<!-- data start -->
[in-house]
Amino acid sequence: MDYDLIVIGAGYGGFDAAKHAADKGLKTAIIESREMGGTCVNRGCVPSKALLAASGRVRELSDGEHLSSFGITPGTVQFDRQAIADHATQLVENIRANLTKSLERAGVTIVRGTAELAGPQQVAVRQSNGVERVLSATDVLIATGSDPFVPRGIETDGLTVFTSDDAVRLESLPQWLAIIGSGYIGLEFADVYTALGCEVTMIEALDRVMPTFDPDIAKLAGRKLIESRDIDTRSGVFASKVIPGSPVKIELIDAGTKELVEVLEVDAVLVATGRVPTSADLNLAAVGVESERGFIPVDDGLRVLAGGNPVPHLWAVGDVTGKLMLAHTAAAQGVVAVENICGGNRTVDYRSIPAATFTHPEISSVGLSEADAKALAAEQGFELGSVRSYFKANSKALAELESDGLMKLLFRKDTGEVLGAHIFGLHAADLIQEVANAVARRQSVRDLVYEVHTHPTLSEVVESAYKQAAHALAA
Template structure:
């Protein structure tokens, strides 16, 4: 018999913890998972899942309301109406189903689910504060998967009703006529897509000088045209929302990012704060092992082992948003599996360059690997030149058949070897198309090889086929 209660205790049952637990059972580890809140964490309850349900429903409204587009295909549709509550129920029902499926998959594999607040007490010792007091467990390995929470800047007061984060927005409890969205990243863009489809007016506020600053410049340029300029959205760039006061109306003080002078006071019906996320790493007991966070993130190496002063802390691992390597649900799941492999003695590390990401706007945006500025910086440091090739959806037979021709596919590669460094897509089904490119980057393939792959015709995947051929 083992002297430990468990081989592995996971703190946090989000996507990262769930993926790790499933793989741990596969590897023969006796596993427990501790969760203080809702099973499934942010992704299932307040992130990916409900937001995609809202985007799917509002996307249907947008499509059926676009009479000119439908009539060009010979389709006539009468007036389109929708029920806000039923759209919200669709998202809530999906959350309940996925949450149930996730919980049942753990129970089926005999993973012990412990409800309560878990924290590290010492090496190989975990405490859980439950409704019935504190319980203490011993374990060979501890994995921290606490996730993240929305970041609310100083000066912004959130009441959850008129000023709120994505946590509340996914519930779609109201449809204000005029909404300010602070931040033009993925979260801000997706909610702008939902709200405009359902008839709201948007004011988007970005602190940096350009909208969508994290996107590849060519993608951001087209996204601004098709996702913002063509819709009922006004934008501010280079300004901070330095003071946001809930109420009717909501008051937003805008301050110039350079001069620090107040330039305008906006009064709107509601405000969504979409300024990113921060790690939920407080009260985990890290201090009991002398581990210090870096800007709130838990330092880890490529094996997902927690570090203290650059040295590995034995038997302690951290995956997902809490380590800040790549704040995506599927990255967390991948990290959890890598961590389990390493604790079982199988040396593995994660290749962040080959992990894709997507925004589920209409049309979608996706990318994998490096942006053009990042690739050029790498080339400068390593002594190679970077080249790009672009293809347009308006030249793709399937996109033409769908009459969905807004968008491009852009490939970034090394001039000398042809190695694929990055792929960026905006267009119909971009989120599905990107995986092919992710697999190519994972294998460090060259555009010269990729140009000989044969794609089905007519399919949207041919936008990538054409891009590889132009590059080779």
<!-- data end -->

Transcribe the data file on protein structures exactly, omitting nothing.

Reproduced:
[in-house]
Amino acid sequence: MDYDLIVIGAGYGGFDAAKHAADKGLKTAIIESREMGGTCVNRGCVPSKALLAASGRVRELSDGEHLSSFGITPGTVQFDRQAIADHATQLVENIRANLTKSLERAGVTIVRGTAELAGPQQVAVRQSNGVERVLSATDVLIATGSDPFVPRGIETDGLTVFTSDDAVRLESLPQWLAIIGSGYIGLEFADVYTALGCEVTMIEALDRVMPTFDPDIAKLAGRKLIESRDIDTRSGVFASKVIPGSPVKIELIDAGTKELVEVLEVDAVLVATGRVPTSADLNLAAVGVESERGFIPVDDGLRVLAGGNPVPHLWAVGDVTGKLMLAHTAAAQGVVAVENICGGNRTVDYRSIPAATFTHPEISSVGLSEADAKALAAEQGFELGSVRSYFKANSKALAELESDGLMKLLFRKDTGEVLGAHIFGLHAADLIQEVANAVARRQSVRDLVYEVHTHPTLSEVVESAYKQAAHALAA
Template structure:
């Protein structure tokens, strides 16, 4: 018999913890998972899942309301109406189903689910504060998967009703006529897509000088045209929302990012704060092992082992948003599996360059690997030149058949070897198309090889086929 209660205790049952637990059972580890809140964490309850349900429903409204587009295909549709509550129920029902499926998959594999607040007490010792007091467990390995929470800047007061984060927005409890969205990243863009489809007016506020600053410049340029300029959205760039006061109306003080002078006071019906996320790493007991966070993130190496002063802390691992390597649900799941492999003695590390990401706007945006500025910086440091090739959806037979021709596919590669460094897509089904490119980057393939792959015709995947051929 083992002297430990468990081989592995996971703190946090989000996507990262769930993926790790499933793989741990596969590897023969006796596993427990501790969760203080809702099973499934942010992704299932307040992130990916409900937001995609809202985007799917509002996307249907947008499509059926676009009479000119439908009539060009010979389709006539009468007036389109929708029920806000039923759209919200669709998202809530999906959350309940996925949450149930996730919980049942753990129970089926005999993973012990412990409800309560878990924290590290010492090496190989975990405490859980439950409704019935504190319980203490011993374990060979501890994995921290606490996730993240929305970041609310100083000066912004959130009441959850008129000023709120994505946590509340996914519930779609109201449809204000005029909404300010602070931040033009993925979260801000997706909610702008939902709200405009359902008839709201948007004011988007970005602190940096350009909208969508994290996107590849060519993608951001087209996204601004098709996702913002063509819709009922006004934008501010280079300004901070330095003071946001809930109420009717909501008051937003805008301050110039350079001069620090107040330039305008906006009064709107509601405000969504979409300024990113921060790690939920407080009260985990890290201090009991002398581990210090870096800007709130838990330092880890490529094996997902927690570090203290650059040295590995034995038997302690951290995956997902809490380590800040790549704040995506599927990255967390991948990290959890890598961590389990390493604790079982199988040396593995994660290749962040080959992990894709997507925004589920209409049309979608996706990318994998490096942006053009990042690739050029790498080339400068390593002594190679970077080249790009672009293809347009308006030249793709399937996109033409769908009459969905807004968008491009852009490939970034090394001039000398042809190695694929990055792929960026905006267009119909971009989120599905990107995986092919992710697999190519994972294998460090060259555009010269990729140009000989044969794609089905007519399919949207041919936008990538054409891009590889132009590059080779």